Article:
For a founder, the world of startups is an exciting but very stimulating world.

While there have been many successful startups over the past two decades, globally the majority fail to get past the early stage for a number of reasons; inadequate funding, business model / strategy failure or product / market challenges.

The chances are even greater for startups based in emerging regions like Africa, where there is a lack of funding, an infrastructure deficit crippling the economy, a massive consumer base with low purchasing power. , political hostility and uncertainty, and fragmented markets.

Lack of access to capital is often cited as the main reason businesses fail in Africa and other emerging markets. But in addition to funding, it can be helpful for founders in these markets to also benefit from mentorship – preferably from people with first-hand experience – as they embark on their startup journey. with unknown and unknown paths.

With this in mind, a global collective of startup founders with expertise in multiple sectors and geographies has been providing both access to capital and mentorship to startups and start-up founders for over three years.

A founders’ fund for founders

MAGIC Fund, launched in 2017, is a start-up venture capital fund built by founders who became investors. It has 12 founders from around the world who act as general partners with Helium Health co-founder and CEO Adegoke Olubusi as managing partner, and Matt Greenleaf as operating partner.

The fund is based on two theses. First, pooling the funds and resources of individual founding investors opens up the group to more investment opportunities, which they could then better assess using their various skill sets.

Most founders-turned-investors opt only for angel investing or venture capital, a practice that often comes with geographic and expertise limitations.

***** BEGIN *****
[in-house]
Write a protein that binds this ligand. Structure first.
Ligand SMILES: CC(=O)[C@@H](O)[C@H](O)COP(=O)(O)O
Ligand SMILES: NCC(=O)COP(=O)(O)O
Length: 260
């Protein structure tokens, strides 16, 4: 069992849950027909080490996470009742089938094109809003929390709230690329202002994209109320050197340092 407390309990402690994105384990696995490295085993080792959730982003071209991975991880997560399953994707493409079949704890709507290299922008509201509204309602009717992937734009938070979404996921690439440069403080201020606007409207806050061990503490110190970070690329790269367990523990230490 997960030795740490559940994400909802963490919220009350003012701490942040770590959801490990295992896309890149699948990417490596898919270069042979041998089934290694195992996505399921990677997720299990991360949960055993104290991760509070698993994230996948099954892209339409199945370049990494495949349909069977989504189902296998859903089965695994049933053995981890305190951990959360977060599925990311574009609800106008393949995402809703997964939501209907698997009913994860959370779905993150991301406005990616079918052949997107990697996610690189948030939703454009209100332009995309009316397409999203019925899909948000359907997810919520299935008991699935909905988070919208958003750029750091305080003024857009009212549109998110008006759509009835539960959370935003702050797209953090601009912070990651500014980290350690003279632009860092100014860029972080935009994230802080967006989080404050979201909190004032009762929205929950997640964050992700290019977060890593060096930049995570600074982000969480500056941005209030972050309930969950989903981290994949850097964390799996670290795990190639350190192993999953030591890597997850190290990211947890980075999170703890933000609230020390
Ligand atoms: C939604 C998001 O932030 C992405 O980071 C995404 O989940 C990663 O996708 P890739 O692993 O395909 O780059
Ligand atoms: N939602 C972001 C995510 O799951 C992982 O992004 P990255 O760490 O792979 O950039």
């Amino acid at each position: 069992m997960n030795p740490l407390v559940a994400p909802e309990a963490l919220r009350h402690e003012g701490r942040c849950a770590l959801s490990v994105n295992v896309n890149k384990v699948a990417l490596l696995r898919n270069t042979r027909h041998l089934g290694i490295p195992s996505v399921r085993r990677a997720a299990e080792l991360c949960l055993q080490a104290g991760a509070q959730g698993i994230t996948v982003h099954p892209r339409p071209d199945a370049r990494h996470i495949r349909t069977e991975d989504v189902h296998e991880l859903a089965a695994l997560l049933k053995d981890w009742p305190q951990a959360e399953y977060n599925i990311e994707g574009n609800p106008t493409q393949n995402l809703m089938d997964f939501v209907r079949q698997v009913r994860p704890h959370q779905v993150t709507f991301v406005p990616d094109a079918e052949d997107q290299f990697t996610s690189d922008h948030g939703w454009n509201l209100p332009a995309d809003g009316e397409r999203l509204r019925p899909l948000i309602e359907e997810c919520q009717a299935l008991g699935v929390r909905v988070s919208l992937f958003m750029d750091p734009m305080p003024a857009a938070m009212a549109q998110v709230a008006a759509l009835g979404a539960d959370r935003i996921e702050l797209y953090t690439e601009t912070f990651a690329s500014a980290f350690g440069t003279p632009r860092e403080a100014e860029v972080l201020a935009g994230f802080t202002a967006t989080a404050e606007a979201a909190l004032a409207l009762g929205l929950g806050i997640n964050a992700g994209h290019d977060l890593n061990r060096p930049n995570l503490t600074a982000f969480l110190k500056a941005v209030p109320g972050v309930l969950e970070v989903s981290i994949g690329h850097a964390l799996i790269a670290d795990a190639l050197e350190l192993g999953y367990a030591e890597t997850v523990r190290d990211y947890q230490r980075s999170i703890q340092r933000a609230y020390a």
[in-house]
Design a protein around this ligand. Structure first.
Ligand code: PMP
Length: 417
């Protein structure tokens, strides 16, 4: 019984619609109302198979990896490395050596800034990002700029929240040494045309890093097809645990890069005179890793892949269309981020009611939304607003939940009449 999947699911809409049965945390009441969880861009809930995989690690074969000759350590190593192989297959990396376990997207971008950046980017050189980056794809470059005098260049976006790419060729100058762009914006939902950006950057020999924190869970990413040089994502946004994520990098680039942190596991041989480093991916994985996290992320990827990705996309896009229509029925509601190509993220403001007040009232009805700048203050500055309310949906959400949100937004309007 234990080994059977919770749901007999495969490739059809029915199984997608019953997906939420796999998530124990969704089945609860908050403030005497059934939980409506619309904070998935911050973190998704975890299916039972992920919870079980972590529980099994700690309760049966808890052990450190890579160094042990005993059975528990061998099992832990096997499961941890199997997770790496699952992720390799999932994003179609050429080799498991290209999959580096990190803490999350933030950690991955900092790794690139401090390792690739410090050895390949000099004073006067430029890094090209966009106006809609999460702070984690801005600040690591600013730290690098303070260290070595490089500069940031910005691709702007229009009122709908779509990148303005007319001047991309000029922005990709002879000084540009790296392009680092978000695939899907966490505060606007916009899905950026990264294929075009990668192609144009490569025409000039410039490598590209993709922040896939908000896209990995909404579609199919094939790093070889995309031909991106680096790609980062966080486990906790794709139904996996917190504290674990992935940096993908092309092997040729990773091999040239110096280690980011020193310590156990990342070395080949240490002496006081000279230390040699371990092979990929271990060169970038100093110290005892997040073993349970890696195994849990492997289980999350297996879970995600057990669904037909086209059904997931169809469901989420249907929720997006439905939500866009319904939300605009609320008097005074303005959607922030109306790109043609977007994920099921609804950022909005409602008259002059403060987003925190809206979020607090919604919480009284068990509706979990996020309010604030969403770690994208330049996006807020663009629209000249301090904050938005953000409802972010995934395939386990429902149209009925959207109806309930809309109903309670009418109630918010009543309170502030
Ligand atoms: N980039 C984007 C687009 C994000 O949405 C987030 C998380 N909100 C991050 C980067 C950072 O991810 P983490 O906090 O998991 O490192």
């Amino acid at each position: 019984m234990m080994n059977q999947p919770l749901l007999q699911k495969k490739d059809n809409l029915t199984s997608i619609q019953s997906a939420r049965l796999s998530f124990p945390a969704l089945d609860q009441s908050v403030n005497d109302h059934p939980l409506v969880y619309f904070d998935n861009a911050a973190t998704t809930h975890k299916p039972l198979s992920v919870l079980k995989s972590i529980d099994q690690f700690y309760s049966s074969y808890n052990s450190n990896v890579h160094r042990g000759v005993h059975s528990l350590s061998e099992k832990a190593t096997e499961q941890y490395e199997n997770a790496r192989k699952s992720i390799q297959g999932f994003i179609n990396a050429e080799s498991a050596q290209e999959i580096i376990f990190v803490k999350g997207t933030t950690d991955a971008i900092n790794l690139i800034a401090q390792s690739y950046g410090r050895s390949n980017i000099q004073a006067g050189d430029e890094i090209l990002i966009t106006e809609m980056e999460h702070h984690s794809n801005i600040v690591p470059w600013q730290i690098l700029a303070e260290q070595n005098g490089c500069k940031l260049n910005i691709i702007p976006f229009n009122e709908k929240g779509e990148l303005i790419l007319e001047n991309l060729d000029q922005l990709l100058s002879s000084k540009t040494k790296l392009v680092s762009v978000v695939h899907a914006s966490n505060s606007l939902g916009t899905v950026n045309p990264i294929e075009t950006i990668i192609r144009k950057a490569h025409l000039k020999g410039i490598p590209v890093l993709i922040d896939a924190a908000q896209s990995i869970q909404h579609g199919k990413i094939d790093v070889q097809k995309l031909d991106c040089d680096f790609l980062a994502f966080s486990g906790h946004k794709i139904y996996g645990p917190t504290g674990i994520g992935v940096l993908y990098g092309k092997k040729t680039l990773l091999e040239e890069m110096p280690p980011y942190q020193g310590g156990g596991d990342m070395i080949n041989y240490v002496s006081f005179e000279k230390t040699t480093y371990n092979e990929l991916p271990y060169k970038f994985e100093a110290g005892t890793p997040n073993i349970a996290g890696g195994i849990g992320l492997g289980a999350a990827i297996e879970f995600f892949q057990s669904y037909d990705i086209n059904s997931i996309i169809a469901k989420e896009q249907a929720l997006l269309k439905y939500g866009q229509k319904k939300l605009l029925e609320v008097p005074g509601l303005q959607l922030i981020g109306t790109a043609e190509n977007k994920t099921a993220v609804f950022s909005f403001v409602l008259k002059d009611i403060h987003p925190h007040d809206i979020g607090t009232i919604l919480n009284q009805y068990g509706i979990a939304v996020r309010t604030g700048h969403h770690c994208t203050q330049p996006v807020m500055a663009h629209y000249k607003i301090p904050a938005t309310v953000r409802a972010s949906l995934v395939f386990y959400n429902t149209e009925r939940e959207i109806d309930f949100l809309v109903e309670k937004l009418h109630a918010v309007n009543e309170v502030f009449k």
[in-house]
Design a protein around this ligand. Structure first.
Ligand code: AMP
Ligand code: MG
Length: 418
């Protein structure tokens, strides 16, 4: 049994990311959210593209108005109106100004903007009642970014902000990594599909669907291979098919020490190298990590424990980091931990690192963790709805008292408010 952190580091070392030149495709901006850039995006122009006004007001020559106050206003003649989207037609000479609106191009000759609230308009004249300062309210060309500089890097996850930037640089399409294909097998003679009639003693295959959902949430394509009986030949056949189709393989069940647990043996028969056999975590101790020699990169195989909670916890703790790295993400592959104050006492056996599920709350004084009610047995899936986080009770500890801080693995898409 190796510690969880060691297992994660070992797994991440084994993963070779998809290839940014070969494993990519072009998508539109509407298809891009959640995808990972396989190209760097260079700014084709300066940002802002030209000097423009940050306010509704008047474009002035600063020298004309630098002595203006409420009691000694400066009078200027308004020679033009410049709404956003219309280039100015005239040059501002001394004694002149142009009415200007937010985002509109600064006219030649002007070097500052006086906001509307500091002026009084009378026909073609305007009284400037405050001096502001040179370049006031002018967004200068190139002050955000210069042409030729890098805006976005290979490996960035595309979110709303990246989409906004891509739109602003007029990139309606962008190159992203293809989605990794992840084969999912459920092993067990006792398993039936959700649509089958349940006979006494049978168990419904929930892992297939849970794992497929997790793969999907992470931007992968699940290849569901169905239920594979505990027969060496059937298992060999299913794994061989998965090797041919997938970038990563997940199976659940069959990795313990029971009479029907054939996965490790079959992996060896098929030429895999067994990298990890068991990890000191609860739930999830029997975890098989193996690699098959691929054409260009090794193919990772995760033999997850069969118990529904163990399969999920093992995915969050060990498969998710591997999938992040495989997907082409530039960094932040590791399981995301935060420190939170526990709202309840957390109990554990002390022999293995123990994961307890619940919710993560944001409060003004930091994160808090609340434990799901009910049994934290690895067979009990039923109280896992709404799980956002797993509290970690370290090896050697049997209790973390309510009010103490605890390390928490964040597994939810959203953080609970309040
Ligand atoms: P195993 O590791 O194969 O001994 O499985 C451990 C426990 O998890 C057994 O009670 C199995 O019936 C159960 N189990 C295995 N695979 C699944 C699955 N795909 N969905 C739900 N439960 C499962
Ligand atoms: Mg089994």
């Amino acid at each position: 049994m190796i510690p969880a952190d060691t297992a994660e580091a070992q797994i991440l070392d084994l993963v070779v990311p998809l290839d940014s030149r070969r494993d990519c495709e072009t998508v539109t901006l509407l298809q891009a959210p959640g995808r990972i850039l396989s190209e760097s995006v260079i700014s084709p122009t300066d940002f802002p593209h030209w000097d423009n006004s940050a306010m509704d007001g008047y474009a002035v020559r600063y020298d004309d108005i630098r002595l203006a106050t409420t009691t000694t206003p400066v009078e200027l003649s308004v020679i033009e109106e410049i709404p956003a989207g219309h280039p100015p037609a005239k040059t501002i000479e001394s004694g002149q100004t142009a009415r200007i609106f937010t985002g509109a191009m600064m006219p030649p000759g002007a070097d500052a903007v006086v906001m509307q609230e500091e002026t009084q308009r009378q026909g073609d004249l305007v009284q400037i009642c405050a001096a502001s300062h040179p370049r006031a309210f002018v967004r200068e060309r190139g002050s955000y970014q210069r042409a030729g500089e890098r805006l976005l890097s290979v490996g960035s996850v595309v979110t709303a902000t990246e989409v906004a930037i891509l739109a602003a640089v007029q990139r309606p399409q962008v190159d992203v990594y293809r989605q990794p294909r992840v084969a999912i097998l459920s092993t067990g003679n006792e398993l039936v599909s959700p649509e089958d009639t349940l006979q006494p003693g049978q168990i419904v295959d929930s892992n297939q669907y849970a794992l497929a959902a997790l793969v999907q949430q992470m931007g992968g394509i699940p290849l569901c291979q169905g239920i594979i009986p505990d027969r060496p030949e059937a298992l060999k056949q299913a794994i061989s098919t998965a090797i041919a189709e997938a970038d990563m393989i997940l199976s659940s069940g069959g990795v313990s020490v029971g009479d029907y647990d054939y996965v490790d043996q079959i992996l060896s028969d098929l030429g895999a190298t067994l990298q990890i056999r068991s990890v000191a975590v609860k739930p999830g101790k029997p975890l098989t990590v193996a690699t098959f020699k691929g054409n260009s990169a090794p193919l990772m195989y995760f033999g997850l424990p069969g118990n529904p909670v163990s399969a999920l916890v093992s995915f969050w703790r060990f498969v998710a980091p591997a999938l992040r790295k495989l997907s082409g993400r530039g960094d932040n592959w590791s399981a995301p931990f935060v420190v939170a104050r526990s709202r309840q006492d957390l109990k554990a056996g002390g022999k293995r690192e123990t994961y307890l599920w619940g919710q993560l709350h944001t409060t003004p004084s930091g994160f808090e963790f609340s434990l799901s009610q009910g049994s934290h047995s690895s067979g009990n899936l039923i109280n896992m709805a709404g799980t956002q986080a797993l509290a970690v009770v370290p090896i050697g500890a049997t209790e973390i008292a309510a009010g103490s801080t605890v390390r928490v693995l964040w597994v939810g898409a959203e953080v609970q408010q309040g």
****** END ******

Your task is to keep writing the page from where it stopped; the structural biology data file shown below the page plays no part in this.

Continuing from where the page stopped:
Realizing this, Greenleaf and the other MAGIC partners – who met Olubusi when Helium Health was on the Y Combinator accelerator program in 2017 – are co-investing together.

“MAGIC is like a fund of micro-funds built by founders,” Greenleaf told TechCabal in an interview. “Before we started, we were all in some sort of investment as founders, but we realized that with our expertise in particular industries, it would make more sense to consolidate our collective intelligence and streamline our investment practice. angel via a fund, ”he explained.

MAGIC Fund 1 was $ 1.5 million, including personal funds from the founders according to Greenleaf.

With its first fund, MAGIC has invested in more than 70 companies in the pre-seed and seed stages in Africa, Europe, Latin America, North America and South East Asia.

Supporting the founders on their journey

Second, MAGIC believes that smaller funds managed by founders perform best in seed investments. Thus, the fund supports startups that solve challenges around the world in their early stages.

MAGIC provided the founders with more than money, notes Greenleaf.

Unlike traditional investors whose main goal is to get good returns on investments, MAGIC founders-investors with start-up experience are also looking for the value they can generate for the startups in which they invest.